Bike Storage Ideas
We all need to store our bikes somewhere when we're not riding them! And for our bike storage system to be a success we need to strike a balance between two things: security and practicality.
And this is a really important balance. If we get it wrong we can ruin our home comforts, reduce the time we spend using our bikes, or even worse: lose our bikes to theft!
So our bikes should obviously be stored securely. But they should also be quick and easy to access (for the kids as well). They should create as little mess and dirt as possible. And they shouldn't infringe too much on the other ways we use our spaces.
It's a difficult balance to get right! So it's worth taking a good bit of time to consider our options. And the great thing is: these days, there are loads of storage solutions available to us...
Floor stands, horizontal wall racks, vertical wall racks, ceiling racks, pulley systems, hooks, pedal shelves and free standing columns. There's a dizzying array of bicycle storage ideas. And don't worry: I'll cover them all here.
I have tried to concentrate on practical, real world solutions that you can buy in the shops for a reasonable price rather than the aspirational, far out ideas you might see on Pinterest!
But before we talk about specific storage methods, let's take a quick look at where you're going to store your bike.
How safe is your storage space?
Now, maybe you already know where you want to store your bike and are just looking for ideas about how to store it in that place. But where you choose to store your bike will have the biggest impact on how secure it is, so please take a minute to review the options. Here's why...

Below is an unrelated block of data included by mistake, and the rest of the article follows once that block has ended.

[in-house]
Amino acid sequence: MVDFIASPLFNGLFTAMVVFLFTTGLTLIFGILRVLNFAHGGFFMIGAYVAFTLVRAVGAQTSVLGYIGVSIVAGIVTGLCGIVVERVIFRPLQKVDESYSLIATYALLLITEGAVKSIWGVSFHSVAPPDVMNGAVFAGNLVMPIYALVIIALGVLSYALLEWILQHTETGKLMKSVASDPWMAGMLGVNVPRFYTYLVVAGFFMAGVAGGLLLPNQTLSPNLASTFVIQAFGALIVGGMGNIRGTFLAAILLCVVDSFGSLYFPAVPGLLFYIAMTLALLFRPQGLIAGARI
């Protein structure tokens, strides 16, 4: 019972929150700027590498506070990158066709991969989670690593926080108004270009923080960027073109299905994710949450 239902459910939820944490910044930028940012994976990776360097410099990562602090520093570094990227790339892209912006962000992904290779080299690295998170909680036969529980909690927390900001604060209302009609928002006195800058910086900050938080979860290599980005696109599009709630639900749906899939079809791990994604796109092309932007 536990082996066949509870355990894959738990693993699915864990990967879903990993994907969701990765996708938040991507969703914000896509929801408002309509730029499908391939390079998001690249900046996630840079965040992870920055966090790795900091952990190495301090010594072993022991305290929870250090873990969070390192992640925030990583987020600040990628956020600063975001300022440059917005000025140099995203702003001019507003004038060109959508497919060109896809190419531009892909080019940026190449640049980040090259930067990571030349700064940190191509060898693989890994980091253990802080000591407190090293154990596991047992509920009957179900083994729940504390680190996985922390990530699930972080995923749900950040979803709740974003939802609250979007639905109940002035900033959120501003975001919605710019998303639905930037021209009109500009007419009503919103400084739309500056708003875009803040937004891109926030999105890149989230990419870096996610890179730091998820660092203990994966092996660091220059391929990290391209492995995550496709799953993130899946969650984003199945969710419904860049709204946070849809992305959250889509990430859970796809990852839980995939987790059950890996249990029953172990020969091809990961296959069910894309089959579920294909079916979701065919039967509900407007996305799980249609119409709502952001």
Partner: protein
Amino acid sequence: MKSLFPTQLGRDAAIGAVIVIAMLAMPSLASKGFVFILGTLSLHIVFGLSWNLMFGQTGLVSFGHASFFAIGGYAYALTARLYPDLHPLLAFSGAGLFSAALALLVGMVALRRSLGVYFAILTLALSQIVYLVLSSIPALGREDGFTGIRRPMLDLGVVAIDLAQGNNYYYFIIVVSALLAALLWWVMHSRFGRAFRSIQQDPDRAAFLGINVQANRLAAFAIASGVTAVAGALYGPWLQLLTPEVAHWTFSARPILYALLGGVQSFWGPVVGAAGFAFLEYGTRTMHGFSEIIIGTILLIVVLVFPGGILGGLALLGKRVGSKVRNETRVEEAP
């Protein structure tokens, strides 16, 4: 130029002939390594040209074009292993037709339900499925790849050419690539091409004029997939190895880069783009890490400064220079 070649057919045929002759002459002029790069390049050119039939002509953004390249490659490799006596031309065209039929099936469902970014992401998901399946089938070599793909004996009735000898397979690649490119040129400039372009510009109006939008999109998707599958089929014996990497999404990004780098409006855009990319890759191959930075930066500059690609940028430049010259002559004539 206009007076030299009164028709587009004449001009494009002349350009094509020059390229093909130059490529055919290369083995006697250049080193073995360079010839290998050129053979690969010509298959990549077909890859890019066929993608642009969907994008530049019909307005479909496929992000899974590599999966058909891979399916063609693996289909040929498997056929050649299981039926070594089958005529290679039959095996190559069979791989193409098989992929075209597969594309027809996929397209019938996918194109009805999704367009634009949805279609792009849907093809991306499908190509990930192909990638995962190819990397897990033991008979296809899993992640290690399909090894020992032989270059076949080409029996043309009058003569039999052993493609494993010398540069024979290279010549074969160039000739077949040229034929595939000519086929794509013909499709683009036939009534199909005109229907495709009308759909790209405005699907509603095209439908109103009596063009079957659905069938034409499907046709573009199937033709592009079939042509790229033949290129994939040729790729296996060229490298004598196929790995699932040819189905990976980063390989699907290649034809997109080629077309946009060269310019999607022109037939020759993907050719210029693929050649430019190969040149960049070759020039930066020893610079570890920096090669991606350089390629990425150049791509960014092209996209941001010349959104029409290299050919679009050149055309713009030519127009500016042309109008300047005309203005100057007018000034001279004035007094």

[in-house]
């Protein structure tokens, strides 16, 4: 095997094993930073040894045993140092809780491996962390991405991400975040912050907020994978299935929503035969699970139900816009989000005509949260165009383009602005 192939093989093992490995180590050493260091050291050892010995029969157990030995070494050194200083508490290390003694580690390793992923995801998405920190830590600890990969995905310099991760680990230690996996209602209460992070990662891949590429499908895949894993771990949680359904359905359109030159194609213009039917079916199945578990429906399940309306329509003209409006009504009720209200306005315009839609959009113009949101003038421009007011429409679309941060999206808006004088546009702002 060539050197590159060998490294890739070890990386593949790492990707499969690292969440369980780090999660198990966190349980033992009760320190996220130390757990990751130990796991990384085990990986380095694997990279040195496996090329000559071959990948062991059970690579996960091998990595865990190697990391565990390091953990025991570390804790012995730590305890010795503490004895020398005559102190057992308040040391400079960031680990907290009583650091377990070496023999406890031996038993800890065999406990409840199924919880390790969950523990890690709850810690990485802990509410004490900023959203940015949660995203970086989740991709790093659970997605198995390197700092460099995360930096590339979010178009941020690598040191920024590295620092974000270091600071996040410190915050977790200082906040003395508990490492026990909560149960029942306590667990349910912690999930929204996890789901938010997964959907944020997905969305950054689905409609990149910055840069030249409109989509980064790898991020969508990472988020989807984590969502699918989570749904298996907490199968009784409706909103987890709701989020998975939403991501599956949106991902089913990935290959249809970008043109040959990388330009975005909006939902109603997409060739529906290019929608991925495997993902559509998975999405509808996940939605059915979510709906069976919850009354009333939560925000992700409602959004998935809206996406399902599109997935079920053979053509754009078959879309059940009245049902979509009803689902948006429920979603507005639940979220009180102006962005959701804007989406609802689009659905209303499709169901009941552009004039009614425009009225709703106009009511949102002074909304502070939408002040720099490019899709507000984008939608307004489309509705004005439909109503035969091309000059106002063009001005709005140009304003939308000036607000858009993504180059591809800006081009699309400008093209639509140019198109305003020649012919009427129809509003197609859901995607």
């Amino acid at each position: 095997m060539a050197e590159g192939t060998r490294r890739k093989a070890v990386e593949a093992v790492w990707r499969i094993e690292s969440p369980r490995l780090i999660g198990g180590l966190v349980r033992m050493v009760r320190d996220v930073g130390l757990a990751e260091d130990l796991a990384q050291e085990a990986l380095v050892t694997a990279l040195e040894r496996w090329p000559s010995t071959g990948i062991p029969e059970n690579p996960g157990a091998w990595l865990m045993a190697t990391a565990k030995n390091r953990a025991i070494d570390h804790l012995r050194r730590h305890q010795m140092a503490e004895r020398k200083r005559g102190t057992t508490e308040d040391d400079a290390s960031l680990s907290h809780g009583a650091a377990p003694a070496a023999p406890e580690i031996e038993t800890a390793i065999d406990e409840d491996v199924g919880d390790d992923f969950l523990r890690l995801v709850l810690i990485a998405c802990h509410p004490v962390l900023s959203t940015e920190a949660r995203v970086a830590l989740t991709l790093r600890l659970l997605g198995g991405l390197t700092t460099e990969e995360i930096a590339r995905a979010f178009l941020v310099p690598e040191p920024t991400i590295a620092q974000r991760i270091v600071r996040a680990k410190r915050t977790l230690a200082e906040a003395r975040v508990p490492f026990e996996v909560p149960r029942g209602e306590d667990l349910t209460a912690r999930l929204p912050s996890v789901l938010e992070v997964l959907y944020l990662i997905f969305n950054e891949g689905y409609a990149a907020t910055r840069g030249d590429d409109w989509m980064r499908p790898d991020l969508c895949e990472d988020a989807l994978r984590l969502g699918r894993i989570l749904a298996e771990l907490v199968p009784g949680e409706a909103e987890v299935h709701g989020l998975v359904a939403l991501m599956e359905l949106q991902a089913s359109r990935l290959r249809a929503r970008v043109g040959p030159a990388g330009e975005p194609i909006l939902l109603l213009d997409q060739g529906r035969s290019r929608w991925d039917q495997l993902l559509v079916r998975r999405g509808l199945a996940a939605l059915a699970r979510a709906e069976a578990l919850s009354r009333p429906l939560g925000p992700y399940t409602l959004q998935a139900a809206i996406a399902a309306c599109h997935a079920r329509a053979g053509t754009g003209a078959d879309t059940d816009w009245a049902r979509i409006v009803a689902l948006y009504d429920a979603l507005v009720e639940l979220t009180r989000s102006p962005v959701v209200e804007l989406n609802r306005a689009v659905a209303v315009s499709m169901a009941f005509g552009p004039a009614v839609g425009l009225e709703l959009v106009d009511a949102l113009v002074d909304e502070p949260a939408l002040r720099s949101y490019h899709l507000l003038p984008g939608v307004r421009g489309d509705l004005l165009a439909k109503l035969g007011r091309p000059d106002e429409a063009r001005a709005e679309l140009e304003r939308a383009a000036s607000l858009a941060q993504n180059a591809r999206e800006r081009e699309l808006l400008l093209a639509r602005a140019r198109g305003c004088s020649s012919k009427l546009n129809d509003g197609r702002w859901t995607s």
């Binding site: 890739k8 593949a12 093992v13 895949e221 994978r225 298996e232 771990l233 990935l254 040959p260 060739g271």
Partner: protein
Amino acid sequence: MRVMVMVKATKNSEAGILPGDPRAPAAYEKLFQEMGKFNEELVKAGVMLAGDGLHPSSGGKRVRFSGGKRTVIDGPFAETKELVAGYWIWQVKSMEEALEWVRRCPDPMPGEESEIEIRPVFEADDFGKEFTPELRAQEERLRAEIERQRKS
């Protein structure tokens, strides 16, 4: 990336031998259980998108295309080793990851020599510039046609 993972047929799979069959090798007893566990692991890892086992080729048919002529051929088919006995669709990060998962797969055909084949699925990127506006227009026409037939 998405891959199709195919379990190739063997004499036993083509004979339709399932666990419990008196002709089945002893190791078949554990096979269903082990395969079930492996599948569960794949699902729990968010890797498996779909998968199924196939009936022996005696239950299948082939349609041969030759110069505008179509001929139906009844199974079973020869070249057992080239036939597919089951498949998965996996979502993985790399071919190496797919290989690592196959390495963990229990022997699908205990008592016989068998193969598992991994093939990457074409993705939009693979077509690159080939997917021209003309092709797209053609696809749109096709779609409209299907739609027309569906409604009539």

Over 50% of stolen bikes are taken from the owners home. Now, in this statistic "owners home" includes front and back gardens, sheds and garages as well as from inside apartments and houses. But still, it's perhaps surprising that your bike is more likely to be stolen from your home than it is from out in the street!
Generally speaking, there'll be a maximum of 5 possible places we can store our bikes at home (if you can think of anymore let me know!) And the truth is that probably only one or two of these options will be viable for most people:
- inside your own house or flat
- inside a communal space in a flat or house
- inside your garage
- inside a shed in your garden
- outside in your front or back garden
The safest place to store your bike will be inside your house. Next best is your garage. Then in your shed. And the least safe place will either be your front or back garden (usually the front as it's more accessible, but it will depend on your set up).
This ranking is dependent on all other things being equal. But a locked bike in your back garden may be safer than an unlocked bike in your garage.
And any space that's communal (accessible by people other than your family) is also at far higher risk. So shared space inside a house could actually be less safe than private space outside the house.
Indoors vs Outdoors
Ideally we wouldn't want to keep bikes inside our homes. We only use them outside. They take up lots of room inside. They bring water and dirt into places we're trying to keep dry and clean.
Even worse: homes without garages or gardens, (where we're forced to bring our bikes inside) tend to be smaller. So there's even less room inside to use!
But the fact is that our bikes will be safer indoors.
So which should you choose, indoor or outdoor storage? Well it's all about finding the balance between security and practicality that works for you.